Still, many customers (and a few derms I have interviewed) experience great results from Remergent DNA Repair, so even if the DNA repair enzymes are only delivered to the epidermis, they are making amends, so to speak.
One product that contains human growth factors and cytokines is SkinMedica TNS Recovery Complex ($92.90, Amazon.com). Growth factors are proteins that bind to receptors on the cell surface, while cytokines are a unique family of growth factors that are secreted primarily from leukocytes and normally stimulate immune responses.
As with DNA repair enzymes, the evidence of skin improvement is clear; however, it is unknown just how much human growth factors and cytokines can change your DNA - and how much change you even want. It is wise to keep on the lookout for new research as it arises, and of course, to talk to your dermatologist about the best course of treatment.
Recently, a reader sent me information about Jeanne Piaubert products, which are very popular in Europe. While the products attempt to preserve fibroblast function through a sirtuin-like compound called apha-phytodormin, they also contain terprenone, a state-of-the-art ingredient designed in part to prevent the degradation of telomeres at the end of the chromosomes. This is a novel concept in skin care that has been utilized in other medical research studies, as telomere shortening occurs with age; with each round of replication, telomeres shorten in length. As such, it is conceptualized by many that by preserving telomere length, aging will be delayed.
However, there are several points against using telomere-preservation skin care right now. First is that telomere shortening has been found by von Zglinicki et. al. (1995, 2000) to be particularly susceptible to oxidative stress, indicating that antioxidants may help to preserve telomeric length. Second, I could not find any peer-reviewed, company-independent, published literature establishing that terpenone preserves telomeric length. This does not mean that the ingredient is ineffective; however, I simply prefer to use the ingredients that are backed firmly by scientific research. Lastly, and perhaps most poignantly, it is possible that telomere shortening is not the reason for aging, but rather may simply be an effect of the aging process. Therefore, it is possible that aging simply takes place, and even if you put the ideal protective cap on your telomeres, you could potentially still age. There are still a lot of questions in this arena!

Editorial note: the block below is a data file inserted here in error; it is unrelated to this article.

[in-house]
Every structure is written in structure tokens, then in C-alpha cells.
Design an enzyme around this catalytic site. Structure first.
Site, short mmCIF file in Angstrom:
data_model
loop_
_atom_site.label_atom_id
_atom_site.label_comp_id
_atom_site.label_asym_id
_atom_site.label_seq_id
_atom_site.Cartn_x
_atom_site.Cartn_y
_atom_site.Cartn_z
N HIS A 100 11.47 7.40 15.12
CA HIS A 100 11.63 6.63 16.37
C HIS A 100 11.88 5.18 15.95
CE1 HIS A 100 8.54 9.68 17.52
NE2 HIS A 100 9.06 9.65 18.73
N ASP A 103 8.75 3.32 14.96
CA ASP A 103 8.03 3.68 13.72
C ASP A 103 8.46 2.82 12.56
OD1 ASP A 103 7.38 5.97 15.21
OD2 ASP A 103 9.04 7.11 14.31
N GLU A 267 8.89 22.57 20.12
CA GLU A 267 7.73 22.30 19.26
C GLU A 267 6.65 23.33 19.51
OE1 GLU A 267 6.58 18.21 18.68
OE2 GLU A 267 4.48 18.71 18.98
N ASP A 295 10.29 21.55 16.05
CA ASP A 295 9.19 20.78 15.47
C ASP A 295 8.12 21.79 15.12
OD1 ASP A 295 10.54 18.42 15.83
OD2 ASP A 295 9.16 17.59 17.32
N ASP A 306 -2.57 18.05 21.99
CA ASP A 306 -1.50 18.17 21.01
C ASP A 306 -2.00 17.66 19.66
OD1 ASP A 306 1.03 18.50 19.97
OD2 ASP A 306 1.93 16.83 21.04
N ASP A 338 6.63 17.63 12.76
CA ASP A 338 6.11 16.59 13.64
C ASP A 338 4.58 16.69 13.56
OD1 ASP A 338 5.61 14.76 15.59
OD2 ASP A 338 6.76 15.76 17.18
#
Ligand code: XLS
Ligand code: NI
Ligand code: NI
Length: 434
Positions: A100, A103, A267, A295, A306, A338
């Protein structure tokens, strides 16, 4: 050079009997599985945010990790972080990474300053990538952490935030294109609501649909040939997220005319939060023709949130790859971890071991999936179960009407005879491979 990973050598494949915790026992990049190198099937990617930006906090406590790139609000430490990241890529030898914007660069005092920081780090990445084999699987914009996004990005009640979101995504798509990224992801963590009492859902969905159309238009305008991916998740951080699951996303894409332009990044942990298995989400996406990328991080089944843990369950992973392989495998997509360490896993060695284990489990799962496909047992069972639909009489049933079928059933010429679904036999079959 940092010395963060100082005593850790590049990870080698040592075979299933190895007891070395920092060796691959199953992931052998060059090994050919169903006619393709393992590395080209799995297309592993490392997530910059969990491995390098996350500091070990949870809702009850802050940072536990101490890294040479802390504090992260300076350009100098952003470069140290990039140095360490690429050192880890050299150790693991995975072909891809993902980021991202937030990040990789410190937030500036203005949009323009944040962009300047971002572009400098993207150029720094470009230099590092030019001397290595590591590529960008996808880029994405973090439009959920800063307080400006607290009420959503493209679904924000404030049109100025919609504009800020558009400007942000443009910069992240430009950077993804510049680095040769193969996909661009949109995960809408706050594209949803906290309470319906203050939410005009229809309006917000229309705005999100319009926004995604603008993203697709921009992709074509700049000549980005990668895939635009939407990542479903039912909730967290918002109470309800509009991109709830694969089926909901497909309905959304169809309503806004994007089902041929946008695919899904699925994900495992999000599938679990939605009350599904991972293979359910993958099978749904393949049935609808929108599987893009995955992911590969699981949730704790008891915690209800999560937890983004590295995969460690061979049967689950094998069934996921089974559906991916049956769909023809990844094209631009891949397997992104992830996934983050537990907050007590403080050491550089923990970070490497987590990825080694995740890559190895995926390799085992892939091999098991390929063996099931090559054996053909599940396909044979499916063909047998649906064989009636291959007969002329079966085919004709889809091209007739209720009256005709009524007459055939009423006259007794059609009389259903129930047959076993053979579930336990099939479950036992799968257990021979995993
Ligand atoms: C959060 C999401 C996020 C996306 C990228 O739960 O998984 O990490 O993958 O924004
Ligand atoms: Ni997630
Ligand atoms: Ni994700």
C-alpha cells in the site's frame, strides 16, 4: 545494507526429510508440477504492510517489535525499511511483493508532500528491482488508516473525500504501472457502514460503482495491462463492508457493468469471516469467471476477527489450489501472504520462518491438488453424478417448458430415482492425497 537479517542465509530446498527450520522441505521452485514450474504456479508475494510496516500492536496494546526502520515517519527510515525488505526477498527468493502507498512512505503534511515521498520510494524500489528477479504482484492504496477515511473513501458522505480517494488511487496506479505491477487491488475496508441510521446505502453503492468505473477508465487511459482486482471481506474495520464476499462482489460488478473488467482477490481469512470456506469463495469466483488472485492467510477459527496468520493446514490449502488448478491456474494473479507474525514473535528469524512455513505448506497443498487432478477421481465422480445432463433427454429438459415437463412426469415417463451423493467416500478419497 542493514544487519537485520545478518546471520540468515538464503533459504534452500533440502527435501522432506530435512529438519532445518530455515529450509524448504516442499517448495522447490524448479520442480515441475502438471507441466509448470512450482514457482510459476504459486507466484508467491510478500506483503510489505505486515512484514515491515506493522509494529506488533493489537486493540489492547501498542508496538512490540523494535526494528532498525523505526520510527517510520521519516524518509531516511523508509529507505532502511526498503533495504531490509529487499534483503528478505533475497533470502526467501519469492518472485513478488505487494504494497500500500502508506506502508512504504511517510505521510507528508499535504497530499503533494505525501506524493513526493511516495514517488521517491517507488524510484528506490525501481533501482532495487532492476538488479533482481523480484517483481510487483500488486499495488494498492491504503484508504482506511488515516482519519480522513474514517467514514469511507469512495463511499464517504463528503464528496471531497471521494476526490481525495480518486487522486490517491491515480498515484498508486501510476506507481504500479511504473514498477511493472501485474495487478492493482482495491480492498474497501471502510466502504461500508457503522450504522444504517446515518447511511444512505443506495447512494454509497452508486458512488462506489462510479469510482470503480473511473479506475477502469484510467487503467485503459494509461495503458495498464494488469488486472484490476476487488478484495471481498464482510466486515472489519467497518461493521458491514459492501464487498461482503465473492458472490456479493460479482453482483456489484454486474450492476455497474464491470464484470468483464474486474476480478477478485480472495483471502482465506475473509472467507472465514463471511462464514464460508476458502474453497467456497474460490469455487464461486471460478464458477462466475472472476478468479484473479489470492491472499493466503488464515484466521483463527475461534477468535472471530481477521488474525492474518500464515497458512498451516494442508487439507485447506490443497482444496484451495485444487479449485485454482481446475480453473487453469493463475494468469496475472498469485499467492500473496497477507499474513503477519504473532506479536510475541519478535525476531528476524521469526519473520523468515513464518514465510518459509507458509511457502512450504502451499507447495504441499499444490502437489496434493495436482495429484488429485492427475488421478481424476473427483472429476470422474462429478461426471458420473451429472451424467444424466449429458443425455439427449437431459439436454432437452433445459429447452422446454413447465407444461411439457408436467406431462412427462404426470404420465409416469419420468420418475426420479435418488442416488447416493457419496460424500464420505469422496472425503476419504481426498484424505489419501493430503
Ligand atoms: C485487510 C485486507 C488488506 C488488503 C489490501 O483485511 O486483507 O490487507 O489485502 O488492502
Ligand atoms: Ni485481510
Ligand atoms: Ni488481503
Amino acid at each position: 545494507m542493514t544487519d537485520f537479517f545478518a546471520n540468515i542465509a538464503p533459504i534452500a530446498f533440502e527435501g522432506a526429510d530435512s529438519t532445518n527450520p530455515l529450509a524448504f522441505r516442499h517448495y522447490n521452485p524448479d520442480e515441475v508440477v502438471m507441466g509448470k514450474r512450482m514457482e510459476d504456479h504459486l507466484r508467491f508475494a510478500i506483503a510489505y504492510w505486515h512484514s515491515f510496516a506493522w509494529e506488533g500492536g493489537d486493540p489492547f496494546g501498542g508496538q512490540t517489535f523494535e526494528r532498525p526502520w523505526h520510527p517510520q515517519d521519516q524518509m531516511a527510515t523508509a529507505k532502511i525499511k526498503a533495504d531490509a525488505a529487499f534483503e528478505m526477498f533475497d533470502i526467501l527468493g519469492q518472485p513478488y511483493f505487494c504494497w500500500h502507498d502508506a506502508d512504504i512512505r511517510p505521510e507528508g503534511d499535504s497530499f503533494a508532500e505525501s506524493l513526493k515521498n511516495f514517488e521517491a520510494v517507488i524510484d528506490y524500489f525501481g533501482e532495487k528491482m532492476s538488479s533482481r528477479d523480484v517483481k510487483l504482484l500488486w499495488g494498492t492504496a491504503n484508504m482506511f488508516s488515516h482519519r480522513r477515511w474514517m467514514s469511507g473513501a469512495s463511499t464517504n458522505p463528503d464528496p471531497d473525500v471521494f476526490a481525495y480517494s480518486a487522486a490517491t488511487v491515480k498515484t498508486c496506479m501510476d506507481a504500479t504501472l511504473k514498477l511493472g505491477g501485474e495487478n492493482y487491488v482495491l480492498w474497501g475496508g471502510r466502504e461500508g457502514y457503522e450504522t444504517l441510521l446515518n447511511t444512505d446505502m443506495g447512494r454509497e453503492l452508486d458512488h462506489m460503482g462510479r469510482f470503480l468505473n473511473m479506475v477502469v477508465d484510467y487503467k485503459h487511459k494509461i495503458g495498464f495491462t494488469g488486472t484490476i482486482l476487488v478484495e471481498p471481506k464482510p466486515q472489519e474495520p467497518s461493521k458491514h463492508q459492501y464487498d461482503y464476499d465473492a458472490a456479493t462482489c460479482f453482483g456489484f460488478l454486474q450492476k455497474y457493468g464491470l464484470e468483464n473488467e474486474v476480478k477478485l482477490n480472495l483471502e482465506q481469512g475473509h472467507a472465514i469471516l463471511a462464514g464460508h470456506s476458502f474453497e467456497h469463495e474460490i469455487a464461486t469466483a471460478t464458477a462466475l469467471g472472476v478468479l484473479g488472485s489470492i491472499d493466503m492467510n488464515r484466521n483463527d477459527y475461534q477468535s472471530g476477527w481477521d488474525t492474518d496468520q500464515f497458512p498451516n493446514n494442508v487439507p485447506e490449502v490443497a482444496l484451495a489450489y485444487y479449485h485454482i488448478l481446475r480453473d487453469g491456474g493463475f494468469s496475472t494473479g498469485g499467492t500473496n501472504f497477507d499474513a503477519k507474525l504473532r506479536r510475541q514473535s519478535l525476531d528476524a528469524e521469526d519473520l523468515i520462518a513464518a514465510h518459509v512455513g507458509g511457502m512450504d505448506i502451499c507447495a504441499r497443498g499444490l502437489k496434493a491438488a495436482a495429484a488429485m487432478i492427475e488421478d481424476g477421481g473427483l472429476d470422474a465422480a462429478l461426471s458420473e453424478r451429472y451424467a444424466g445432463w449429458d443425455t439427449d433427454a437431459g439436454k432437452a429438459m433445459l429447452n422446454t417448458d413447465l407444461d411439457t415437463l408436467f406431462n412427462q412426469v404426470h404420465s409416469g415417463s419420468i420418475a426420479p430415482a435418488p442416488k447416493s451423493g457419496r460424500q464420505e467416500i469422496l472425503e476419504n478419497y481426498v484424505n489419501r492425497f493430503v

DNA-altering skin care is certainly popular right now. While I certainly would not say any of these products are necessarily ineffective, I would keep in mind that they must only directly affect the uppermost layer of the skin, or else they would have to be classified as a drug in the United States. Furthermore, more research needs to be conducted to answer some of the aforementioned questions.
Still, this type of technology is certainly going to revolutionize the future of skin care. With that said, I currently am sticking to loads of sunscreen (including in the winter), which protects the skin from proven DNA-damaging UV rays. If an ounce of prevention is worth a pound of cure, surely that applies to skin cell DNA…at least for the time being. :-)
I’ll keep you posted with new research as it comes my way. Let me know your thoughts in Comments below!